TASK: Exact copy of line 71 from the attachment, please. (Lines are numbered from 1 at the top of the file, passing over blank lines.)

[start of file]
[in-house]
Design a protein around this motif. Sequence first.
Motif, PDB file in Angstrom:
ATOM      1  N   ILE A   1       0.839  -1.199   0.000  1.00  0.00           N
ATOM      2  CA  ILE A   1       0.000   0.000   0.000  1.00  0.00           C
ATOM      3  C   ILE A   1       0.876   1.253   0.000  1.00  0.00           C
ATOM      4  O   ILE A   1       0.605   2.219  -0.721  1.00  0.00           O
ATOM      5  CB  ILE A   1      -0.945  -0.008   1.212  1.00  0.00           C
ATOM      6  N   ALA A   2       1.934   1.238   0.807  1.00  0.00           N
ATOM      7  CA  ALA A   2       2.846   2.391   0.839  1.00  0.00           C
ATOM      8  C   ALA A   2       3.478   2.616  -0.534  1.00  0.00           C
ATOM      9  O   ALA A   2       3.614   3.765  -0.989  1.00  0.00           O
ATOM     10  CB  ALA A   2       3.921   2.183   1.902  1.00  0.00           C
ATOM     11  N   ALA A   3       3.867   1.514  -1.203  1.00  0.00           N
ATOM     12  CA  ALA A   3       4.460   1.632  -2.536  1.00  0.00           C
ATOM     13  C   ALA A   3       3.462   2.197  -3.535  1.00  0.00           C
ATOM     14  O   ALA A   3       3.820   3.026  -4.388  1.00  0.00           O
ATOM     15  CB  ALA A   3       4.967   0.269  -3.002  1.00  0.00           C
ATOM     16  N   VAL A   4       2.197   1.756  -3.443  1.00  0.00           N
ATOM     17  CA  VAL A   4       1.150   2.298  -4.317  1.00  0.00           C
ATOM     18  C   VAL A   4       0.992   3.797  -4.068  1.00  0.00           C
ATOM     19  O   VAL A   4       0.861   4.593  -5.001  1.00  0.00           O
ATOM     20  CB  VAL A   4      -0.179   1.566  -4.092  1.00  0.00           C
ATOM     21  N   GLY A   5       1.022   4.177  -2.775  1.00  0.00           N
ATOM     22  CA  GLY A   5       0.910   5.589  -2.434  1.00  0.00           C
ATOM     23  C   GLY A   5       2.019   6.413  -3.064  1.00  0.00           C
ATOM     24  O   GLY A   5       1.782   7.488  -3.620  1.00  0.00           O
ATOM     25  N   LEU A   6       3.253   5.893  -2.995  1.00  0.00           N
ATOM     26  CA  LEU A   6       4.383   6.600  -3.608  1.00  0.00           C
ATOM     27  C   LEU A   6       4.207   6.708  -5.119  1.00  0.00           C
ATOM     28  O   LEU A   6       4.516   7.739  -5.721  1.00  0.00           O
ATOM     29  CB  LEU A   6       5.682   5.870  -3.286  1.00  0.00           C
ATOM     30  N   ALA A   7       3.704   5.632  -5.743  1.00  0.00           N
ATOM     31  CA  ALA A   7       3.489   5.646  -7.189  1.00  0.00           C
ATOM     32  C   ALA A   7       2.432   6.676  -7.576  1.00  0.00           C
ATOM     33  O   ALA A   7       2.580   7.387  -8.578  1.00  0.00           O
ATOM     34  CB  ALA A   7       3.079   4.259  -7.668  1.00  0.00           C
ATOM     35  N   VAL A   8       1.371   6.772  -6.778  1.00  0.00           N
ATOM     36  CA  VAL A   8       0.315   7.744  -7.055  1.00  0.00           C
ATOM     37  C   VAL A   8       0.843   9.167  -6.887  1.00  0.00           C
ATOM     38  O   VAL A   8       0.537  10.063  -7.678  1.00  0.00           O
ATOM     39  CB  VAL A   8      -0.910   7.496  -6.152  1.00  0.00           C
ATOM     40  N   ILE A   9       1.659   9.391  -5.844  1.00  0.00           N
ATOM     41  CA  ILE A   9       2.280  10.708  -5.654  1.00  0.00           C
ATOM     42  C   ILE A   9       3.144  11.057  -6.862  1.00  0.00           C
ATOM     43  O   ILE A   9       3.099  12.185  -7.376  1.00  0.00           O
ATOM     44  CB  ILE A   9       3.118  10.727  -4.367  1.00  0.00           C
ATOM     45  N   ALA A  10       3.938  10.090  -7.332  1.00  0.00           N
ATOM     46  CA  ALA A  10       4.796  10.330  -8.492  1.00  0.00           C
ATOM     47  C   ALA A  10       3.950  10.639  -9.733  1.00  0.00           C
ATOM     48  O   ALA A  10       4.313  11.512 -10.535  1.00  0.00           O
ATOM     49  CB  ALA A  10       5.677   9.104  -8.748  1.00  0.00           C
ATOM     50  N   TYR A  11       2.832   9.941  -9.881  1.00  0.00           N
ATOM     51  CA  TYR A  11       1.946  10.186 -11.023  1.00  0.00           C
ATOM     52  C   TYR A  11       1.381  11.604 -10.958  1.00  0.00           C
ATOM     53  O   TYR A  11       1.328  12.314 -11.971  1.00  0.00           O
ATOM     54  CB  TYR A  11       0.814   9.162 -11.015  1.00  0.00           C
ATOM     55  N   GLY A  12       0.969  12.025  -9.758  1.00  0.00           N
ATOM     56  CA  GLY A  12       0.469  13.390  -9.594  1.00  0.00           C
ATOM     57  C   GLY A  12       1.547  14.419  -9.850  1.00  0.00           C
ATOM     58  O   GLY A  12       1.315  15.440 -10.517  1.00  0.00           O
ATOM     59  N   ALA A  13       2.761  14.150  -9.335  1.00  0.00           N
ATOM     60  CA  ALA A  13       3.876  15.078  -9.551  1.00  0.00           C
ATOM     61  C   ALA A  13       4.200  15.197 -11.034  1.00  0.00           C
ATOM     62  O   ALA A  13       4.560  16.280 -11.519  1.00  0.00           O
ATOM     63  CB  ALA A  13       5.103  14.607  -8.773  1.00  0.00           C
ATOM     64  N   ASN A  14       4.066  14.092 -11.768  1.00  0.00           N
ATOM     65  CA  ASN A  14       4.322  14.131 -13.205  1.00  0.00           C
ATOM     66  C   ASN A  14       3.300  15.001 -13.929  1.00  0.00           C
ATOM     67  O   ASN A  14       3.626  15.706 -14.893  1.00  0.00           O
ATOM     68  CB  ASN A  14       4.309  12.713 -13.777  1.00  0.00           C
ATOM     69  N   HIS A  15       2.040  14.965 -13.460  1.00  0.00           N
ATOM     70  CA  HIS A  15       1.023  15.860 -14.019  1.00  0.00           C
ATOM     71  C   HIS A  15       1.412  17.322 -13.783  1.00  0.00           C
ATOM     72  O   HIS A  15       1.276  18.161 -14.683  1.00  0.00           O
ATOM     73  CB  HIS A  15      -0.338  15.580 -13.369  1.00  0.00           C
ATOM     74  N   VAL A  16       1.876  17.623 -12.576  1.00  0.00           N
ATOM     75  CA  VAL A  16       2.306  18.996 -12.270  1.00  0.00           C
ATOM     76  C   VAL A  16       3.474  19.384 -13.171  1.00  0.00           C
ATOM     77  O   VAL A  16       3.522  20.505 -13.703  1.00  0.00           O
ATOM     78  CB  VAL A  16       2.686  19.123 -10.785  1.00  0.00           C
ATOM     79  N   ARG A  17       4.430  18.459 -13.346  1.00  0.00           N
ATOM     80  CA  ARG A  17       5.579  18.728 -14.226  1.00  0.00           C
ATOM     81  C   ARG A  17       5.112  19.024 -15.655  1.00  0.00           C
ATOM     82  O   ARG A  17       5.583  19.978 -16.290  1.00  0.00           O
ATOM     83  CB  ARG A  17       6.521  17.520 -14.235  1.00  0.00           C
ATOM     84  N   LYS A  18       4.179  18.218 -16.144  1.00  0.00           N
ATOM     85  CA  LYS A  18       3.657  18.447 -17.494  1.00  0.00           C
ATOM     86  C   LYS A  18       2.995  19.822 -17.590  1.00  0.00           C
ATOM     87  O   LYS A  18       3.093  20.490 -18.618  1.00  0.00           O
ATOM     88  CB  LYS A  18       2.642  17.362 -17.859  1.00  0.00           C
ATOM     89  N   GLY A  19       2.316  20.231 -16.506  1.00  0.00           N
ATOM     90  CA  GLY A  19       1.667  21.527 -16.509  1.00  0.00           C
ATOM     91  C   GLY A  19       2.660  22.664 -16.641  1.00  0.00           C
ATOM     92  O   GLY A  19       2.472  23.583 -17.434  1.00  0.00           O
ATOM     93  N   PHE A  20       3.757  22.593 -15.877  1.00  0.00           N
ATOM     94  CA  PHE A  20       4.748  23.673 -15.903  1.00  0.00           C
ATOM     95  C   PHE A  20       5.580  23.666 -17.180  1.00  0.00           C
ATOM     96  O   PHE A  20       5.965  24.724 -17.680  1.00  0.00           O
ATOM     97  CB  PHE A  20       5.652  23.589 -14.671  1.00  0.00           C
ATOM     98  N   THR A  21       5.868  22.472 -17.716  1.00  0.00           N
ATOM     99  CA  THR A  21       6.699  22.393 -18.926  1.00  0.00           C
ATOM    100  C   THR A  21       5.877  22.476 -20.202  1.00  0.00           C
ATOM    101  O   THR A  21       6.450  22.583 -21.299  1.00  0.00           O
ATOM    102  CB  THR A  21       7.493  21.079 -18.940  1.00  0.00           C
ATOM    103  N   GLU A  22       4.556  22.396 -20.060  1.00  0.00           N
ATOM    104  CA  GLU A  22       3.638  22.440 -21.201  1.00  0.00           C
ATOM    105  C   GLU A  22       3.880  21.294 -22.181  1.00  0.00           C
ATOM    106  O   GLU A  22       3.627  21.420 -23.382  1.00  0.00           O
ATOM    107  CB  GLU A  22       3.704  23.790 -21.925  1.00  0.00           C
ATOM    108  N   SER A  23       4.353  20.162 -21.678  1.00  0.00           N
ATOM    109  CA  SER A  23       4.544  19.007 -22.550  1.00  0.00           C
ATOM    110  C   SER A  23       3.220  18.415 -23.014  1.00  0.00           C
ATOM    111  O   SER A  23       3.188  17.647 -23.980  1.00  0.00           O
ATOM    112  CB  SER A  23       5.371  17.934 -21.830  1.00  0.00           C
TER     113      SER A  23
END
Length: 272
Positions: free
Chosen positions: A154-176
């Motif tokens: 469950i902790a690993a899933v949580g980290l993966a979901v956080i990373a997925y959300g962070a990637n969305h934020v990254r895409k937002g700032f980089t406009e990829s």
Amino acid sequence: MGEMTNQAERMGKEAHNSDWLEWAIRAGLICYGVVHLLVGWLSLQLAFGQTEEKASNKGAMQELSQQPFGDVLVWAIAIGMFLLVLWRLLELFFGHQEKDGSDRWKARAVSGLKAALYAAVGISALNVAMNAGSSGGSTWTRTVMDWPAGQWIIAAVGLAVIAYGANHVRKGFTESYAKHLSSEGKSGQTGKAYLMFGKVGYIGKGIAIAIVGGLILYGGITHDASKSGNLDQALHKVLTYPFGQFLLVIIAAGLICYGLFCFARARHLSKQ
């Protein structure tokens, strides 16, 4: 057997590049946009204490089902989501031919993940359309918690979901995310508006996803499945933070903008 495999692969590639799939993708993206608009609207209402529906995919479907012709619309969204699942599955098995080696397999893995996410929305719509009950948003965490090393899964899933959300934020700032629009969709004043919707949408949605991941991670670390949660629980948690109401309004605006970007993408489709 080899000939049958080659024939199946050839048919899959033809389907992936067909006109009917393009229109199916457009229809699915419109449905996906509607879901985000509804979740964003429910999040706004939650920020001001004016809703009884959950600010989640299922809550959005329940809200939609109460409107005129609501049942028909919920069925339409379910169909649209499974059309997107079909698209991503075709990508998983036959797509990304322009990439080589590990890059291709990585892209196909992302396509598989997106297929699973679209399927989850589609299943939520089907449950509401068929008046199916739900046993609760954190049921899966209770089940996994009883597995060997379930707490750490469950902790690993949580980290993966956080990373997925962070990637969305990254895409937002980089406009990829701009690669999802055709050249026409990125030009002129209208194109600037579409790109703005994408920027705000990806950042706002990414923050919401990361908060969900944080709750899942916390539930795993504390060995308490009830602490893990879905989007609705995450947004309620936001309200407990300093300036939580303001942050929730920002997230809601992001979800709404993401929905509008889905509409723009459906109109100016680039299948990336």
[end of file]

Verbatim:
ATOM     68  CB  ASN A  14       4.309  12.713 -13.777  1.00  0.00           C